And that brings us to point number 3, which is that antiandrogen progestins (i.e. progestins that suppress testosterone) are likely to cause weight loss, while androgenic progestins (i.e. progestins that stimulate androgen receptors) are likely to cause abdominal weight gain, especially when taken on their own without estrogen.
Why do androgenic progestins cause abdominal weight gain? Because, in women, too much testosterone causes insulin resistance. That’s true for PCOS; it’s also true for some types of hormonal birth control.
And yes, an antiandrogen progestin such as drospirenone (which is a close cousin of the antiandrogen medication spironolactone) can potentially promote weight loss, but only for as long as you take it. Stopping drospirenone can, unfortunately, lead to rebound weight gain, which I discuss in episode 8 — all about post-pill acne, hair loss, and weight gain.
Back to androgenic progestins and how they potentially cause weight gain, especially when taken on their own without estrogen. Examples of progestins on their own include the progestin-only pill, the Depo-Provera injection, and implants. And, indeed. According to a 2021 randomized trial, Depo-Provera and a levonorgestrel implant were found to cause significant weight gain after 18 months. That study is in the show notes.
Levonorgestrel is the progestin in most implants and hormonal IUDs, and it is definitely androgenic or testosterone-like — hence the tendency for weight gain, even potentially weight gain from hormonal IUDs, although they were not included in the study.
The progestin in the contraceptive injection is medroxyprogesterone acetate or Depo-Provera, which is also androgenic at the androgen receptor, so, in women, can cause androgen side effects like acne, facial hair, and weight gain. Provera is a little confusing, though, because, at high doses in men, it’s sometimes used to shut down testicular function and therefore function as an anti-androgen treatment. But high-dose use in men is not what we’re talking about here.
The other mechanism by which Depo-Provera can cause weight gain is by interacting with cortisol receptors, thereby causing weight gain in the same way corticosteroids do, as we just discussed. That’s possibly why one study found Depo-Provera to cause “unstoppable weight gain” in young women — i.e. weight gain that doesn’t plateau or level out.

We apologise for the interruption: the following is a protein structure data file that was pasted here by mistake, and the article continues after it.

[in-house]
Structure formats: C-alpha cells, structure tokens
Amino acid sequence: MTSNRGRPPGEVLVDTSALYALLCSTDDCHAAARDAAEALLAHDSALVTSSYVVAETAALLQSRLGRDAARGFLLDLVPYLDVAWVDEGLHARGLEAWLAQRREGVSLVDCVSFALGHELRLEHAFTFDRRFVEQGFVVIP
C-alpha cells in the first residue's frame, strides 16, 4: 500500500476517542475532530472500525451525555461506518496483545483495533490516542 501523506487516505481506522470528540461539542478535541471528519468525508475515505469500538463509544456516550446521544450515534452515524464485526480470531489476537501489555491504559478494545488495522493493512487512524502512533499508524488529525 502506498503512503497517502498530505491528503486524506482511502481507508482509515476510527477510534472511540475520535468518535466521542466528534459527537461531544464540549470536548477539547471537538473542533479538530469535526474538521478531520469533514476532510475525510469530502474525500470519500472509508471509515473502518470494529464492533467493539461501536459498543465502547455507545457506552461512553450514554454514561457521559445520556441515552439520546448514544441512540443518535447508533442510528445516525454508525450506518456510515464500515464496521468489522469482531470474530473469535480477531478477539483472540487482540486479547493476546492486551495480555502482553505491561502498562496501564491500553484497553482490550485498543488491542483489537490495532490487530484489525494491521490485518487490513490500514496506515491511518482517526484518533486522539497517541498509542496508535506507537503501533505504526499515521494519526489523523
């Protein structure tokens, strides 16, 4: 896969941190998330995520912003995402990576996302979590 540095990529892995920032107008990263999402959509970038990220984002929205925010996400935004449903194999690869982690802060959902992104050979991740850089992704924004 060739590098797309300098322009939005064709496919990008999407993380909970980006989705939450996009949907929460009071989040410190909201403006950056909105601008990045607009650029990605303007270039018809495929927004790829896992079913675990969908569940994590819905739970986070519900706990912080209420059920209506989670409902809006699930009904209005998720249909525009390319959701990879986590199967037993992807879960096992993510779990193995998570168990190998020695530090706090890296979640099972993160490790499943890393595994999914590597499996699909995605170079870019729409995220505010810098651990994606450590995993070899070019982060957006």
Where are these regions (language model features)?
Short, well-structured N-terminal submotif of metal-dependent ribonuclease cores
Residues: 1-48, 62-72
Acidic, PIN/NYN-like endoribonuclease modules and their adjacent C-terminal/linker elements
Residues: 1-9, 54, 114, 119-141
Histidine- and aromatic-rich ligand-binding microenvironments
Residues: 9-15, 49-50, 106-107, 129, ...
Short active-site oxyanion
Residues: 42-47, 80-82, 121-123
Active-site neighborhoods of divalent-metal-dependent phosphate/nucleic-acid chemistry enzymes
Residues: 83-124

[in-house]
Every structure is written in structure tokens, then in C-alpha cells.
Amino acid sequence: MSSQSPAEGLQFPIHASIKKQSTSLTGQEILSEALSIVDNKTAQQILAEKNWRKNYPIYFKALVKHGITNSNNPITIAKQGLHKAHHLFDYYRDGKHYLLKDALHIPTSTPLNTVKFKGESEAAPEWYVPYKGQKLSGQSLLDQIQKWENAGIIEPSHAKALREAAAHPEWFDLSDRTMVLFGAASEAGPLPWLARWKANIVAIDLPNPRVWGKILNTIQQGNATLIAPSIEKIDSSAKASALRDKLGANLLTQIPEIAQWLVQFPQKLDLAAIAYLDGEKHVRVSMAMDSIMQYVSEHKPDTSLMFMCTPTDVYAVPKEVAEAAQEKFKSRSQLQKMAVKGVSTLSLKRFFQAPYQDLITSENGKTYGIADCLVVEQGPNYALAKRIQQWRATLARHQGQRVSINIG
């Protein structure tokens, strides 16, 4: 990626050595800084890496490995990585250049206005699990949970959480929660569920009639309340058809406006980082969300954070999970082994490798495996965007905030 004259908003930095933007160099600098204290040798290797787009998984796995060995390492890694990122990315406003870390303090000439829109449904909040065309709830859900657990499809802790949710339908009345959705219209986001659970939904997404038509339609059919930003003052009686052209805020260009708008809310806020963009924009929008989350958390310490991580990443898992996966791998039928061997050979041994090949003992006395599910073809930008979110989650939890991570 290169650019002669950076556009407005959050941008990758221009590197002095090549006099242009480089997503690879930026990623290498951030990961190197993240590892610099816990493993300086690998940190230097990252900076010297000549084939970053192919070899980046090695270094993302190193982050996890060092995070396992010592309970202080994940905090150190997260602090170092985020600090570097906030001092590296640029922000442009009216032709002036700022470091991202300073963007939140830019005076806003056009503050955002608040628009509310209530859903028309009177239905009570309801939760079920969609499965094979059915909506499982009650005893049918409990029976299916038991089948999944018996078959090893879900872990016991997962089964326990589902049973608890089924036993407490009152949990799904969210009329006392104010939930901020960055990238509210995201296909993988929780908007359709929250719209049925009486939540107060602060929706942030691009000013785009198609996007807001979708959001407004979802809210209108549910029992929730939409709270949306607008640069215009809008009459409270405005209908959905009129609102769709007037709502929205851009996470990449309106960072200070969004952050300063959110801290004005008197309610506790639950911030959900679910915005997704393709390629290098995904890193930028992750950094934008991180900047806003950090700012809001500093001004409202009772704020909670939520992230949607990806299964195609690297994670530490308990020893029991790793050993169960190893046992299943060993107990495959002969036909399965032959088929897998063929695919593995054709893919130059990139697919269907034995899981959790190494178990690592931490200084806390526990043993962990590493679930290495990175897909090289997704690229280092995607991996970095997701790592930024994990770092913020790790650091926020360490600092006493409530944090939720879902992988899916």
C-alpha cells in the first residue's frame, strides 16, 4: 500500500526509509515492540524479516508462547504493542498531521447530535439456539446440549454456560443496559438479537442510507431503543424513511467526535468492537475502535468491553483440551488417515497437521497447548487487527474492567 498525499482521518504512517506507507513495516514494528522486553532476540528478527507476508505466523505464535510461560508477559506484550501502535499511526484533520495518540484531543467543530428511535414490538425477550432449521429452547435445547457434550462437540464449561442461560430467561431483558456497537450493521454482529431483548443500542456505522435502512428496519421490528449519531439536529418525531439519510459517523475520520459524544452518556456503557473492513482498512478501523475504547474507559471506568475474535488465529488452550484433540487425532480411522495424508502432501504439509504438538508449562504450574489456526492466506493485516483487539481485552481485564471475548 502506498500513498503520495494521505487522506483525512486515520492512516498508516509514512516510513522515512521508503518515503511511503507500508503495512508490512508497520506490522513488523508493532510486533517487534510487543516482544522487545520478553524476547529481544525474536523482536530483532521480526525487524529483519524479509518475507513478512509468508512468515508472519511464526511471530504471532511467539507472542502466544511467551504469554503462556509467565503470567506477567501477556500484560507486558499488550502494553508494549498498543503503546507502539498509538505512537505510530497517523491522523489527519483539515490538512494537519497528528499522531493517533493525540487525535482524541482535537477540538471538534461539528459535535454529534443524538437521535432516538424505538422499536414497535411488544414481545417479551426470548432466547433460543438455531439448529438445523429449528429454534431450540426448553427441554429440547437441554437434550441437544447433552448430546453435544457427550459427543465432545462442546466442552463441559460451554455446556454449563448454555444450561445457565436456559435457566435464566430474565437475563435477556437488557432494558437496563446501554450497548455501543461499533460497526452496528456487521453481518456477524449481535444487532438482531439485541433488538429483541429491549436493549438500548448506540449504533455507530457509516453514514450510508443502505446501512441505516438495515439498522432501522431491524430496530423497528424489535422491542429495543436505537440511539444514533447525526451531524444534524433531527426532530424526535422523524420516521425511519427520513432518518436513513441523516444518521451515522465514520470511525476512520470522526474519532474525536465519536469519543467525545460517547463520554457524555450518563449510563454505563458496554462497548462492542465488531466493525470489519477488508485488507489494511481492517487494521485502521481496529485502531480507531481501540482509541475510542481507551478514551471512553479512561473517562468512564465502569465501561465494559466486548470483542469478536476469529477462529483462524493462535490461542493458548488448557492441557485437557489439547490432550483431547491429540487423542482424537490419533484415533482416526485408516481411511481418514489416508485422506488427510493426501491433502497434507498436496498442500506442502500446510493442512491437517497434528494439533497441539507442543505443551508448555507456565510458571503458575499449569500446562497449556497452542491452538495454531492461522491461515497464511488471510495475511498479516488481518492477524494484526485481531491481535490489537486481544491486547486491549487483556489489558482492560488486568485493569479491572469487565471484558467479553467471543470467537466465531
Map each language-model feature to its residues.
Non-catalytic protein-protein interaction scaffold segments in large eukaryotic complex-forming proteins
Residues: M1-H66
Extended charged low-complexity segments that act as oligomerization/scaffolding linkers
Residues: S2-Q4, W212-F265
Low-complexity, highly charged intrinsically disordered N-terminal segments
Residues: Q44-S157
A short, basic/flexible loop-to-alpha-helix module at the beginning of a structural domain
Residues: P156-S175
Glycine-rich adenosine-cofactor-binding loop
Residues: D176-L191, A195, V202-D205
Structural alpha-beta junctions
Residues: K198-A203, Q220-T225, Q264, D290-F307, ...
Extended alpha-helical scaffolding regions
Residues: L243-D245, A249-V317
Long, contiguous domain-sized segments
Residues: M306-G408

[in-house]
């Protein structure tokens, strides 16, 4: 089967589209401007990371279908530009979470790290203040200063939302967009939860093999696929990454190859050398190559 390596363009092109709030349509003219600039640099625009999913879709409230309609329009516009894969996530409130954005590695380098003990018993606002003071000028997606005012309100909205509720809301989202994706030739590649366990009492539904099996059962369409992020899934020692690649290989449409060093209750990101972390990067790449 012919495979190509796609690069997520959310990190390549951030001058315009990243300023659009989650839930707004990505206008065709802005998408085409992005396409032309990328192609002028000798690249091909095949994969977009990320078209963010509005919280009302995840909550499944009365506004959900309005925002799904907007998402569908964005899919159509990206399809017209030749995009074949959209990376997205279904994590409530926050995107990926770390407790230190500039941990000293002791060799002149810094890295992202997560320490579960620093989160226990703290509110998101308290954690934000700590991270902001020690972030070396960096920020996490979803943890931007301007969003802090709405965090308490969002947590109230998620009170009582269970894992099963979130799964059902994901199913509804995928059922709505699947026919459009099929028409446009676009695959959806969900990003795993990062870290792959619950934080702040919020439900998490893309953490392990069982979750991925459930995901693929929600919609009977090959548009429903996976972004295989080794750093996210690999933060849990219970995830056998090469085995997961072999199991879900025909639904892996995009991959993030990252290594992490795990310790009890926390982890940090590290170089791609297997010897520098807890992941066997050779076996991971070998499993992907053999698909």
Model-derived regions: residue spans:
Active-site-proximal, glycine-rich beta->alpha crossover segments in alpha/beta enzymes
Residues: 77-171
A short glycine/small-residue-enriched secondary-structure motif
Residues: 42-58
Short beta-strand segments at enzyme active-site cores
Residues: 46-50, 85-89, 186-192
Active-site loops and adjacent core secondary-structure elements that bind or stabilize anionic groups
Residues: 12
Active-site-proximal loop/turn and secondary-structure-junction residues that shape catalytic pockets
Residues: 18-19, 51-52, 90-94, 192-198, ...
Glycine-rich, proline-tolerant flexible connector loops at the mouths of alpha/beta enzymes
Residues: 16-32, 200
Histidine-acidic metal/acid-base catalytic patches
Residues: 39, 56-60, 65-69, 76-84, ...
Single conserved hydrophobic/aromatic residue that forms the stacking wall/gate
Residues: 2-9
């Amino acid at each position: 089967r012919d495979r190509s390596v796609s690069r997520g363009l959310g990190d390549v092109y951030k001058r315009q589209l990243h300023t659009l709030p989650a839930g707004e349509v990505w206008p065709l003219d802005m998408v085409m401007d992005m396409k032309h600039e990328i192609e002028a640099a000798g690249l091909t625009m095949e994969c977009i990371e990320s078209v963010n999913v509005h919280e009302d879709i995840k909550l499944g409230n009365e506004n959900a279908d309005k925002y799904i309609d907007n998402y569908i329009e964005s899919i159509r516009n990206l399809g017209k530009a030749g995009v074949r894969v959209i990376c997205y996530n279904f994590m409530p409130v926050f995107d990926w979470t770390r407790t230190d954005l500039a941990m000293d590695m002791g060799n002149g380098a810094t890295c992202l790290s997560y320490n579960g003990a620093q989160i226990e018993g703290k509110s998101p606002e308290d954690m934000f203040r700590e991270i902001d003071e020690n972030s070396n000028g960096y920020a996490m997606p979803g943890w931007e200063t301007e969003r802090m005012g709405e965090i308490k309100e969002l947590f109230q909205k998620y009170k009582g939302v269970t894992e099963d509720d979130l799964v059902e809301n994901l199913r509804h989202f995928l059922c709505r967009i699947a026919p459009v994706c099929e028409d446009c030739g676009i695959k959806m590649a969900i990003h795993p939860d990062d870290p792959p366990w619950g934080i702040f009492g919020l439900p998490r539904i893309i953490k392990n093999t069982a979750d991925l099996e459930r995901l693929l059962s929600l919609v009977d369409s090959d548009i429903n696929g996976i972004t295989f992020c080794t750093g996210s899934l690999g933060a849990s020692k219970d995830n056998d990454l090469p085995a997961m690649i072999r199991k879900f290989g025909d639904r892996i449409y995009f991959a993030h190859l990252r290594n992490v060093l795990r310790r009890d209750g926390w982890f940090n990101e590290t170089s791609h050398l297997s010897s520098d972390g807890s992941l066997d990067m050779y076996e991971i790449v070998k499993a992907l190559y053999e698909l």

Let’s now talk about natural progesterone, also called oral micronized progesterone, or the brand names Prometrium and Utrogestan. Does it cause weight gain? Well, according to a 2019 systematic review (link in the show notes), natural progesterone given together with estrogen to healthy menopausal women caused either weight loss or no change. Interestingly, the paper lists all the mechanisms by which progesterone should cause weight loss, including:
- progesterone is diuretic,
- it increases core body temperature
- it increases thyroid hormone, and
- it supports sleep and, therefore, growth hormone.
I would point out that natural progesterone also has beneficial antiandrogen properties, which is why it’s used as part of cyclic progesterone therapy for PCOS. Link the show notes. Lots of links today.
Okay. As always, there’s a section in my forum at LaraBriden.com to discuss the episode. You can chime in there with your knowledge, experience, and questions.
I hope that’s been helpful, and thanks so much for listening. Please share and leave a review. And I’ll see you next time when I’ll discuss a gut condition called SIBO, or small intestinal bacterial overgrowth, and how it can be an underlying driver of endometriosis, PCOS, mood problems, and even weight gain.